Tribpedia: Oil And Natural Gas

Tribpedia

For more than 100 years, Texas has been one of the nation’s key producers of oil and natural gas. After the discovery of the Spindletop oil field in 1901, oil production in the state increased at a rapid rate, reaching a peak in 1972. According to the Energy Information Administration, Texas was producing 3.4 million barrels a day ...

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As Oil Prices Plunge, Texas Eyes Are on Hegar

Glenn Hegar (far right) stands with chief revenue estimators past and future. From left: Dale Craymer, Billy Hamilton and Tom Currah, the incoming estimator.
Glenn Hegar (far right) stands with chief revenue estimators past and future. From left: Dale Craymer, Billy Hamilton and Tom Currah, the incoming estimator.

Incoming Comptroller Glenn Hegar is on the hot seat as a nosedive in crude oil prices – and the increasingly gloomy forecasts that have followed – cast a pall over the next legislative session. Less than two weeks after taking office, Hegar must divine what the future holds.

State lawmakers, the oil and gas industry and national environmental groups are asking deep questions about Denton, home to two universities, 277 gas wells and now, thanks to a rag-tag group of local activists, Texas’ first ban on hydraulic fracturing.
State lawmakers, the oil and gas industry and national environmental groups are asking deep questions about Denton, home to two universities, 277 gas wells and now, thanks to a rag-tag group of local activists, Texas’ first ban on hydraulic fracturing.

Dissecting Denton: How a Texas City Banned Fracking

State lawmakers, the oil and gas industry and national environmental groups are asking deep questions about Denton, home to two universities, 277 gas wells and, now, thanks to a rag-tag group of local activists, Texas’ first ban on hydraulic fracturing, or fracking.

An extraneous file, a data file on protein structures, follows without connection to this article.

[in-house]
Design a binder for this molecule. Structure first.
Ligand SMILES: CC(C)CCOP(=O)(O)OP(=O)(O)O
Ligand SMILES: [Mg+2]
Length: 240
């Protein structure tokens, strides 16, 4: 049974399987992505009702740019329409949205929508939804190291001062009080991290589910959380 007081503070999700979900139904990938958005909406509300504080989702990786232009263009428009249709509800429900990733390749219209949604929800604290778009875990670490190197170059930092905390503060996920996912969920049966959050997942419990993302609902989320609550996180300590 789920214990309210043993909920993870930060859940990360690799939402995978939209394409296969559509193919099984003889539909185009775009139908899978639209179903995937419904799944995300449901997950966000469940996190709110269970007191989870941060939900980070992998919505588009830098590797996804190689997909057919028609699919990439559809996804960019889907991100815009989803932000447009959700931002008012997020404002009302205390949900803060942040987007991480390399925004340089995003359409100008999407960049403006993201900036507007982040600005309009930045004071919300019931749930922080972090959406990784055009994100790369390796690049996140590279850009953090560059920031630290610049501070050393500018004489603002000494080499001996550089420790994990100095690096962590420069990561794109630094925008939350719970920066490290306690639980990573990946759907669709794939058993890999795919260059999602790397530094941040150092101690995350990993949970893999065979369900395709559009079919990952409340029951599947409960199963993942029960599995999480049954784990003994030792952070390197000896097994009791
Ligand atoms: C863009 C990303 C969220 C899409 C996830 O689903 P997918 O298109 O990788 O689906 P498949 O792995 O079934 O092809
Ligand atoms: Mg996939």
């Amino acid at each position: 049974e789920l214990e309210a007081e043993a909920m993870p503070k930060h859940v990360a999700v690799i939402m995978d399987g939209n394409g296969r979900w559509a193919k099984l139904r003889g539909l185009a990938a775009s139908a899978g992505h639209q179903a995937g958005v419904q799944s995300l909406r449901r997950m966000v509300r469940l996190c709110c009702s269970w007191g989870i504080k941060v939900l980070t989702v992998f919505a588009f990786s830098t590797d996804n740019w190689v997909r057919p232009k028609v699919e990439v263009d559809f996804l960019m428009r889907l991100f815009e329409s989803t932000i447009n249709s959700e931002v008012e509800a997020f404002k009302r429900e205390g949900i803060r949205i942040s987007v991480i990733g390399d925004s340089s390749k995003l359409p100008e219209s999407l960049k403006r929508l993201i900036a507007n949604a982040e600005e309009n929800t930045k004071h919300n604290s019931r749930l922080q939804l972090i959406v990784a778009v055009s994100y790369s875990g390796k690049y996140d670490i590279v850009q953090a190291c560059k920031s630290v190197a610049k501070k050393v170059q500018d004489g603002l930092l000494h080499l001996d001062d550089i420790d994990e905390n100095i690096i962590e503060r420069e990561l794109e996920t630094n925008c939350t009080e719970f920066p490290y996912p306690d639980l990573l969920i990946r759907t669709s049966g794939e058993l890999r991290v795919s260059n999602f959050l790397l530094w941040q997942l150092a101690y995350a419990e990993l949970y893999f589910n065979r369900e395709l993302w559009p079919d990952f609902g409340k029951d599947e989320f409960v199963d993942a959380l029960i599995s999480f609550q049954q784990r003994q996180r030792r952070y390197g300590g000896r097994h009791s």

A view of the Houston Ship Channel from the back of the Sam Houston tour boat in Feb. 2014.
A view of the Houston Ship Channel from the back of the Sam Houston tour boat in Feb. 2014.

Politics of Climate Change in Texas Have Shifted

Texas leaders weren't always so skeptical about climate change. But the state's rightward shift, coupled with a booming oil and gas economy, have changed the tenor of the debate. Scientists and environmental advocates say that's a growing problem for Texas, the country's biggest climate polluter. This story was produced in collaboration with The World, a program by Public Radio International.

Drilling Brings Rise in Health Complaints

While drilling for oil and gas has exploded across Texas, residents and environmental advocates allege that state regulators haven't kept up with complaints about negative health effects. Regulators say they've stepped up enforcement, but dispute that airborne emissions from oil and gas drilling pose a threat to health. This story is part of our Shale Life project. 

Texas' Emptiest County Filling Up with Oil Workers

The smallest county in Texas may not hold that distinction for much longer. Loving County has about 90 people but swells by hundreds each day due to a flood of oil workers. While some complain about the surge in drilling trucks, others see the oil boom as a lifeline from extinction. This video is part of our Shale Life project. 

Counting Heads in the Eagle Ford Shale is No Easy Task

How many people have moved to the Eagle Ford Shale as a result of its energy boom? That’s a tough question to answer. While thousands of people have flocked to the region for new jobs, the transient nature of the work presents a big challenge for local leaders, who struggle to plan for housing, schools, pipelines and roads. This animation is part of our Shale Life project.

Cost of Living Straps West Texans Without Oilfield Jobs

Across West Texas, wages are soaring for oil and gas industry workers — but so is the cost of living. For those who don’t hold top-dollar energy jobs, just paying the rent has gotten tough. In the middle of this multibillion-dollar boom sits Breaking Bread Kitchen, a community center that opens for one hour every night to provide free hot meals to residents who need them. This video is part of our Shale Life project.